K'un The Earth

"The plants all know
that spring
will soon return,
All kinds of red and purple
contend in beauty.
The poplar blossom and elm seeds
are not beautiful,
They can only fill the sky
with flight like snow."
-Han Yu

During the winter of K’un, the Masters observed the laws of conservation. The rivers that would sustain the population in the coming year were conserved as ice sculptures on the hillsides above. Branches that were stripped of foliage, were now encased in ice for added protection.

All things of the earth appear to be sleeping,
although an incredible amount of energy is gathering below.

As Ken transforms into K’un, the Earth, the cycle of transformation completes itself. K'un is viewed as the feminine aspect of creation. During winter, the way is made to submit and become responsive to the approaching Springtime of Thunder or Chen. The last of the creative lines eventually gives way to the triple form of receptive Yin lines of winter. Below the sleeping earth, the energy of a future landscape is taking form.

K’un offers a lesson about the potential power of the unseen. Complete openness without the prejudice of distinctions allows us to feel our connection to everything around us. Our perception makes distinctions in the natural world that are not necessarily there. Each person is a complex network of cells, but we recognize them in only one form.

What keeps our hand from moving through a piece of wood is the electro-magnetic energy generated by movement at the molecular level. We might argue that we cannot move our hand through a piece of wood, although we know it has been accomplished by students of the Way. Trained by great Masters to overcome the illusion of separateness, they attempt to control the innate and invisible boundlessness of Yin to activate the power of Yang.

If we could see life from nature’s perspective, we would see all lines fading into one giant organism of sustenance and interdependency.

The Master said: “Should one act from knowledge of the constant, one’s actions will lead to impartiality.” We move away from observing distinctions that only come to limit our natural awareness. “ The hundred bones, the nine cavities and the six organs: which one shall I love best?” Just as we care for our entire body without making distinctions, we do not draw lines that separate us from the web of life.

K'un represents ultimate Yin or openness. Yin is the keeper of our dreams and the apex of turning inward, which will ultimately lead us back to a time of moving outward. Representing the Earth, K’un was observed to be a type of feminine energy that nurtures and nourishes life. Like Isis, the matriarchal rulers and agricultural feminine deities of antiquity, the power inherent in the feminine principle of the Yielding is equal to the masculine energy of the Creative.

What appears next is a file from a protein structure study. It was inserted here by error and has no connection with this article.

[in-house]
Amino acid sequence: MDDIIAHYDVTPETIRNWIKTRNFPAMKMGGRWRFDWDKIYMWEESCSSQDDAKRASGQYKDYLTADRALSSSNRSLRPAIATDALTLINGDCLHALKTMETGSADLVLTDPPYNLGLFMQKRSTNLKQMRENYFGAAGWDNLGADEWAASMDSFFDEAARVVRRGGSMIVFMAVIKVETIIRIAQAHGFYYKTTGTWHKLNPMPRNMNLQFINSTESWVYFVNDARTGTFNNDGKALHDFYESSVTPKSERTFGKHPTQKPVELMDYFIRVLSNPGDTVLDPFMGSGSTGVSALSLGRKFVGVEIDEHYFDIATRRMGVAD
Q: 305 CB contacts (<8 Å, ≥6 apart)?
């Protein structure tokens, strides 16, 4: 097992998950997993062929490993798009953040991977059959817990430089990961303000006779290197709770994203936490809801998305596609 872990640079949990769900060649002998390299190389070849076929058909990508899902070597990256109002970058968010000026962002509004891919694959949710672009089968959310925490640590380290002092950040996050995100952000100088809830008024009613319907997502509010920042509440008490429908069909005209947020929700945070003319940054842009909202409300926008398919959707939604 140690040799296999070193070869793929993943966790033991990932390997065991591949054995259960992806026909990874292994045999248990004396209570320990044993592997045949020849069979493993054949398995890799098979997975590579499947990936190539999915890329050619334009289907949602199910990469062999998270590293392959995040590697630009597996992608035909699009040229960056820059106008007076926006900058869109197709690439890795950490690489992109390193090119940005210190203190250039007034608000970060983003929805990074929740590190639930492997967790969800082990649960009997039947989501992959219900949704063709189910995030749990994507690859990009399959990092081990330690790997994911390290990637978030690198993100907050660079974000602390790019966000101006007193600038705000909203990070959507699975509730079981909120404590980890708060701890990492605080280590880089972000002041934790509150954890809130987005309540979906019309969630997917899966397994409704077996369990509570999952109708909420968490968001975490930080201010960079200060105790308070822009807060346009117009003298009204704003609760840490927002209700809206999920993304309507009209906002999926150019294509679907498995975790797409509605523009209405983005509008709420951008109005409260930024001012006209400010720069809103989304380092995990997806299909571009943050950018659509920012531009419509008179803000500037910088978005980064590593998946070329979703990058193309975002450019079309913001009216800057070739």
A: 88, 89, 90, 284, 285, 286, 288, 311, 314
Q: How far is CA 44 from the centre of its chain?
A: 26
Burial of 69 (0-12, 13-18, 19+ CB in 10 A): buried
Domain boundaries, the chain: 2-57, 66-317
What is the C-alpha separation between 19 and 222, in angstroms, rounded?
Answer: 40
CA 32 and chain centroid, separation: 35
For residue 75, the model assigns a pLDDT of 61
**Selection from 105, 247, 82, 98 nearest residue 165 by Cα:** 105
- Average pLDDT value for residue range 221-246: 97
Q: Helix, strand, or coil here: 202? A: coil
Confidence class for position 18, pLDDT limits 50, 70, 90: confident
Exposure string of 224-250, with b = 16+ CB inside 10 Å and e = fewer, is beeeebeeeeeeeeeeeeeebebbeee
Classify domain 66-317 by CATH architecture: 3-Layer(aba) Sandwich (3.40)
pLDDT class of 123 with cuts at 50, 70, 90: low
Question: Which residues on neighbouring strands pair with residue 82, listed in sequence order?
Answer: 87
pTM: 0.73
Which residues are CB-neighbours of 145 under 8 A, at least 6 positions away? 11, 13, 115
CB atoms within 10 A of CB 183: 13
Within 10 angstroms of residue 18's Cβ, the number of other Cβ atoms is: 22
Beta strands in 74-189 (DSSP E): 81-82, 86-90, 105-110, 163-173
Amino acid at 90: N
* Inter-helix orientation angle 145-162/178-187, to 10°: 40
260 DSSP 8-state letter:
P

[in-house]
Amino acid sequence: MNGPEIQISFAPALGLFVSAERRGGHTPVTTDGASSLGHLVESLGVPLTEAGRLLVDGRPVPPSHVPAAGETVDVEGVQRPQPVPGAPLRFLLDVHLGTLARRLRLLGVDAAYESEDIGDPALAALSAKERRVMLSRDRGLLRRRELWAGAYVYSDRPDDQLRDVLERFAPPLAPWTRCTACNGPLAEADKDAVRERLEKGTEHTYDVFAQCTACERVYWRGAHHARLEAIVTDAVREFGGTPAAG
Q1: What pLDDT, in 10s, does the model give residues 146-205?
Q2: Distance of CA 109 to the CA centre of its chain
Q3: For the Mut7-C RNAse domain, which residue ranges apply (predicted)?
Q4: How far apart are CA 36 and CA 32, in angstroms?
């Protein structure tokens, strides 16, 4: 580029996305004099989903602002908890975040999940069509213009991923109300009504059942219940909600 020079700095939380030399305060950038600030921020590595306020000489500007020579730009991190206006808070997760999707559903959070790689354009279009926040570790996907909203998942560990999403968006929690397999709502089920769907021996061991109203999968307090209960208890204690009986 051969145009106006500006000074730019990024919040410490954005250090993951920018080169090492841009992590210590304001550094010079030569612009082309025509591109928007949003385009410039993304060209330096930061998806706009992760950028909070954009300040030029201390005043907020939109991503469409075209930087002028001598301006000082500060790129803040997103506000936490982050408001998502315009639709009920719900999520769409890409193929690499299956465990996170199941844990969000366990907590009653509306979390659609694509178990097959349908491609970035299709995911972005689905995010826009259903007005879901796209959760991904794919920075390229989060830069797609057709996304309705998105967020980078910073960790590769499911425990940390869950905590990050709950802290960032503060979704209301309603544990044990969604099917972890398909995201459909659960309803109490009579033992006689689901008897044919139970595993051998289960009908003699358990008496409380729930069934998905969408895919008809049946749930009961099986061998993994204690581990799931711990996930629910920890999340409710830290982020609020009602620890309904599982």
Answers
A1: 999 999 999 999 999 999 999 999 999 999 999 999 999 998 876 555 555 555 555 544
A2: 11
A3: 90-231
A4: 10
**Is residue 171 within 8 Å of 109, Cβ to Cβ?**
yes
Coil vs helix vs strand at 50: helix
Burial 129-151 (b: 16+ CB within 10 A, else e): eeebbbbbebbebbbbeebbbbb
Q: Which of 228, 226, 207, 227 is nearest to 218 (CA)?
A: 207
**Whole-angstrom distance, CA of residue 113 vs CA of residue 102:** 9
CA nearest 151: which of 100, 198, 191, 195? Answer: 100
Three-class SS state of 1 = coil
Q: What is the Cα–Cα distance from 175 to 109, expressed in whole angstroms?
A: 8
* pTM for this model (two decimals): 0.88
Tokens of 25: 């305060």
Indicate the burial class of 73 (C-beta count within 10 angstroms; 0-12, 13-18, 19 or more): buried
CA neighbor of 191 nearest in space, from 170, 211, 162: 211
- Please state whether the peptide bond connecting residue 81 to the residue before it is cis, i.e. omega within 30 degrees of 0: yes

While Yang is positive and productive energy, Yin is passive and boundless. It is described as negative, but like electro-magnetism, it merely entices the Creative forward. Electromagnetism shows how the interaction of positive and negative forces push energy forward to sustain movement. One always remains powerless without the successive movement of the other. This interaction creates the building blocks of all the manifestations that we observe. To the Taoist, positive and negative have no more relevance than what is found at the molecular level.

As the potential power of the unseen that looms on the horizon, we know that the shortest day of the year means that each day will begin to grow longer. When the sun has traveled its greatest distance from us, we can be certain that a new sunrise awaits us.

Instinct is the bubbling of te, excited by the prospect of your coming-to-be-real.

Intuition is observed as the feminine side of the psyche. It connects us to the natural realm of instinct and is active in males and females alike. If we subordinate ourselves to life, we discover that it carves away what keeps us from finding our destiny.

Upon the canvas of our inner world, we strike a balance where our creative, masculine or self-sufficient power can be effectively actualized. Becoming receptive to our inner processes, we find that we have no need to conquer others. “When we conquer ourselves, we become strong.” Just as Yang requires Yin and Yin requires Yang for actualization, only by blending introspection with action, can we become effectively empowered.